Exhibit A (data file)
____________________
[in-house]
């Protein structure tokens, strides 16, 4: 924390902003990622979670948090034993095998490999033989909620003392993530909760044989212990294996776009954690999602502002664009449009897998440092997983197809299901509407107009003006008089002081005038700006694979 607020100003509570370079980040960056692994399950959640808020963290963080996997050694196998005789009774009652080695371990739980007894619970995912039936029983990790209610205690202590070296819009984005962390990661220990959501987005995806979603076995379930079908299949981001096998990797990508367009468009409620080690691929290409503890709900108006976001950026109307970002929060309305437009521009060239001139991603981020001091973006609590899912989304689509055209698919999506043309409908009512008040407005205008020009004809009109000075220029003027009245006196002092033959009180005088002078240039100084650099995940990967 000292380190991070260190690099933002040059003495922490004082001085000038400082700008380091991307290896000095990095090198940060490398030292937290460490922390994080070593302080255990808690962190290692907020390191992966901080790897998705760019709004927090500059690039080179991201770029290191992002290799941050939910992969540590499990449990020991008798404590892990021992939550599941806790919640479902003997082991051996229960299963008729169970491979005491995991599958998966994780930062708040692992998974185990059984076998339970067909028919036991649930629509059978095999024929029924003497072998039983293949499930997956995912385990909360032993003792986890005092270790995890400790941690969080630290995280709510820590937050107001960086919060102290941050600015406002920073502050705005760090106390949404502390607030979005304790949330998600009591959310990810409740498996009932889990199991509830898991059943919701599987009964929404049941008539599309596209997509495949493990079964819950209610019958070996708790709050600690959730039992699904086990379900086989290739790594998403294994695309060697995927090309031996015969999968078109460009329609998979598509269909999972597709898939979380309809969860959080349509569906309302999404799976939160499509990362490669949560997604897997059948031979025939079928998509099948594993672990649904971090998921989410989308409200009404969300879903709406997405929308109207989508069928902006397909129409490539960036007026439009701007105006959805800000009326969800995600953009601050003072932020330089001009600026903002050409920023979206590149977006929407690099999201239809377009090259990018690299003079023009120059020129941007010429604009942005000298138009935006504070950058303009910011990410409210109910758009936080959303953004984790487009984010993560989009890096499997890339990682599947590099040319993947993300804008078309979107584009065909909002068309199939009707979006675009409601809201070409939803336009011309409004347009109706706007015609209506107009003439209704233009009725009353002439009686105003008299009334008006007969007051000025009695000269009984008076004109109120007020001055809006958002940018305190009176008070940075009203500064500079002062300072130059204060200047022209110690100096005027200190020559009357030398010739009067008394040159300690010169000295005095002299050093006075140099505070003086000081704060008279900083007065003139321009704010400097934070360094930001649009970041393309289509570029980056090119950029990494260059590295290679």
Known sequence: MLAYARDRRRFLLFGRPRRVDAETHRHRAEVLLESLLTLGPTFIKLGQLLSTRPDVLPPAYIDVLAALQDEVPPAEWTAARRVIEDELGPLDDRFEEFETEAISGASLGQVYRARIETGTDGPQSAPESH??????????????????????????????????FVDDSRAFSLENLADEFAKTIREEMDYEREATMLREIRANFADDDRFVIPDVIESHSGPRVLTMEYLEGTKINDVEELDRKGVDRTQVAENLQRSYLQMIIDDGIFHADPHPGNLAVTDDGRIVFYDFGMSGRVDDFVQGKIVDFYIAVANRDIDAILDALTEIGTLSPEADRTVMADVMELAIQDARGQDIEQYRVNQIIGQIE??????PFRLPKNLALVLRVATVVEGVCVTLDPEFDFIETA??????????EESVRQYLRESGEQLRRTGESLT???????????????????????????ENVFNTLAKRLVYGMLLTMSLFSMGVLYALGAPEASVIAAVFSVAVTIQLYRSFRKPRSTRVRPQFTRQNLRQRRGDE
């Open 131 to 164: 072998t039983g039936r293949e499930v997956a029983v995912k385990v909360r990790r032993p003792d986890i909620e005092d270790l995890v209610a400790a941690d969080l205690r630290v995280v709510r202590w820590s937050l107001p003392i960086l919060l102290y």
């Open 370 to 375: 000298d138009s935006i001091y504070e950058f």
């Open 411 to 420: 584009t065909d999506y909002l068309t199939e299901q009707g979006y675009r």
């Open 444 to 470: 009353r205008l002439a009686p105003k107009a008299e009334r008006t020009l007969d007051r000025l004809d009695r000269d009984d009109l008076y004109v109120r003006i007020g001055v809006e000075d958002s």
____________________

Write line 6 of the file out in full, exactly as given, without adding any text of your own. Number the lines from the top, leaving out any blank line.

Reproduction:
């Open 411 to 420: 584009t065909d999506y909002l068309t199939e299901q009707g979006y675009r």